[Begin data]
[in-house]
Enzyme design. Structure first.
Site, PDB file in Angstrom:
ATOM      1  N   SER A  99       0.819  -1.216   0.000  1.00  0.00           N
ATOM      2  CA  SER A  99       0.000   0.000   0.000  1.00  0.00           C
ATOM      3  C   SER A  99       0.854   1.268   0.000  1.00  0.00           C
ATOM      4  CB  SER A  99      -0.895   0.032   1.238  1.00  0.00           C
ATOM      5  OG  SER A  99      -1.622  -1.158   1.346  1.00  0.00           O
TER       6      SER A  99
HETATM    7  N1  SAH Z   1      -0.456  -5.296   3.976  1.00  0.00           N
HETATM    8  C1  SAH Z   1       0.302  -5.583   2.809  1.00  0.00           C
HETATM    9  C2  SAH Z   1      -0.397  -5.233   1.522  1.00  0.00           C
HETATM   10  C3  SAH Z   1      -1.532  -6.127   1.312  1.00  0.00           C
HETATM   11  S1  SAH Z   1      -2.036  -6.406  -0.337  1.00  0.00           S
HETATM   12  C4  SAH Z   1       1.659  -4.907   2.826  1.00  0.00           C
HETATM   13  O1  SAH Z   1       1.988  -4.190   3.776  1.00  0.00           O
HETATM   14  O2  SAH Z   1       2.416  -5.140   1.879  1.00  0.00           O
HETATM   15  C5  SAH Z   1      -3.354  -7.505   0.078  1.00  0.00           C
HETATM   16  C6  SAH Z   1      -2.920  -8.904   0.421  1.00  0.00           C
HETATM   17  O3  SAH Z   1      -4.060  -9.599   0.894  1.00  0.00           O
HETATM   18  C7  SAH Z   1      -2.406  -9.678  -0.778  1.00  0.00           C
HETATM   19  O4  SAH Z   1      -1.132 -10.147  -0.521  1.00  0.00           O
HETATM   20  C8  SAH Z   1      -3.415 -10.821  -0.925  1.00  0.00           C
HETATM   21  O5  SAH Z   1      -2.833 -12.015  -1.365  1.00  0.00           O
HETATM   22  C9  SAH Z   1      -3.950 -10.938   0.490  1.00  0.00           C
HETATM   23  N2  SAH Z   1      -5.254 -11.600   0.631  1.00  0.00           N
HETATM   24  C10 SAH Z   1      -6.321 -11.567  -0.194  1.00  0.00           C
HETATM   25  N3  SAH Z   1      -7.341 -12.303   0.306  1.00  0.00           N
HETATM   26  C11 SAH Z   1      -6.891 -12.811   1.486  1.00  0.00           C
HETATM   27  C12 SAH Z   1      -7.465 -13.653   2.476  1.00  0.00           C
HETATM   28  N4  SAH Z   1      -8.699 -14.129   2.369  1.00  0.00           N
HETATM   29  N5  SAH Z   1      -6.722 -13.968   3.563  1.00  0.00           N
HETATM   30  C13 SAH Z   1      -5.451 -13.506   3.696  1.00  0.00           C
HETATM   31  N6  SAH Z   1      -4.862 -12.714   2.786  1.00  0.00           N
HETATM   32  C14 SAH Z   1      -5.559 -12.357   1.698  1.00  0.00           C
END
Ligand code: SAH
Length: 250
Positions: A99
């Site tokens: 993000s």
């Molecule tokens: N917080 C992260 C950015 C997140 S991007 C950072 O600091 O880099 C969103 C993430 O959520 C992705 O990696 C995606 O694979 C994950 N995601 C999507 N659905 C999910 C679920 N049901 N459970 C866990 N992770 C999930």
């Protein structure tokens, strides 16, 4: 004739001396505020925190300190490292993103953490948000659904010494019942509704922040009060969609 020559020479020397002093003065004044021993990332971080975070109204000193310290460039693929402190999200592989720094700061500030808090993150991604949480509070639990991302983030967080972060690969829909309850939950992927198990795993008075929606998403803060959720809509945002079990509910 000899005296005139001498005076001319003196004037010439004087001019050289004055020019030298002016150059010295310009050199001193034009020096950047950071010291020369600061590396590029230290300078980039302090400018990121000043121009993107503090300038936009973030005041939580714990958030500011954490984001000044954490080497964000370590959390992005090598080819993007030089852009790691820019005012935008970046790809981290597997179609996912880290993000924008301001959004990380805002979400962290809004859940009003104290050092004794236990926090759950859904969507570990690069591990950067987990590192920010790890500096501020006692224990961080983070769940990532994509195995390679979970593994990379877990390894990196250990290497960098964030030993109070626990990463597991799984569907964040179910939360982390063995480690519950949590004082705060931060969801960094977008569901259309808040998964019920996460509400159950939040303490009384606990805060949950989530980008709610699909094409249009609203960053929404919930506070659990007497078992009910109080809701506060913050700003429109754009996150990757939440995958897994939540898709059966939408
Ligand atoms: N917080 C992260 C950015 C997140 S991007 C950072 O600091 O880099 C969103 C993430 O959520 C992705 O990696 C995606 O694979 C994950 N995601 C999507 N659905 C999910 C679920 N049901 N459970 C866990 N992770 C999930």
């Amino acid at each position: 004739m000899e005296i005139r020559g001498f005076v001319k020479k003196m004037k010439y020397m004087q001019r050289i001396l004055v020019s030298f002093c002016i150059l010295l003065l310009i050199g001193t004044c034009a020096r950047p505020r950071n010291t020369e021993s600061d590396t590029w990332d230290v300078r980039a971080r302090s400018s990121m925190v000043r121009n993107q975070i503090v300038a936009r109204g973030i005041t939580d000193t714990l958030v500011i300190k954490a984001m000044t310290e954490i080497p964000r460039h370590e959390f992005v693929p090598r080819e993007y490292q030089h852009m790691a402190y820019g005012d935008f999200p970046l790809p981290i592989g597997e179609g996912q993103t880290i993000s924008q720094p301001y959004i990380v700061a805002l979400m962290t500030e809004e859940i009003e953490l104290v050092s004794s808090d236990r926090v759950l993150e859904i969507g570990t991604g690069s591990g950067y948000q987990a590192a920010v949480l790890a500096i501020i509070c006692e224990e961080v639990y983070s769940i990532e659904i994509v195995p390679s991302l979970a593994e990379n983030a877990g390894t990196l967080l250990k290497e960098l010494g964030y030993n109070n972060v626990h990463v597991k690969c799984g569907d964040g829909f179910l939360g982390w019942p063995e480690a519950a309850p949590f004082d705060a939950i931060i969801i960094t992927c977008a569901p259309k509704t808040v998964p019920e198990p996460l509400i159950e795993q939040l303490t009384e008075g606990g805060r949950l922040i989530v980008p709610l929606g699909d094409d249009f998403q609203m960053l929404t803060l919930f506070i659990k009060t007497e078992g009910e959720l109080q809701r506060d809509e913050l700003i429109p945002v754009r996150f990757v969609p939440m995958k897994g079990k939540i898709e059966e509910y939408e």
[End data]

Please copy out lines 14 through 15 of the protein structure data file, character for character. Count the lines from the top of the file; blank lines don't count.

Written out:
HETATM   11  S1  SAH Z   1      -2.036  -6.406  -0.337  1.00  0.00           S
HETATM   12  C4  SAH Z   1       1.659  -4.907   2.826  1.00  0.00           C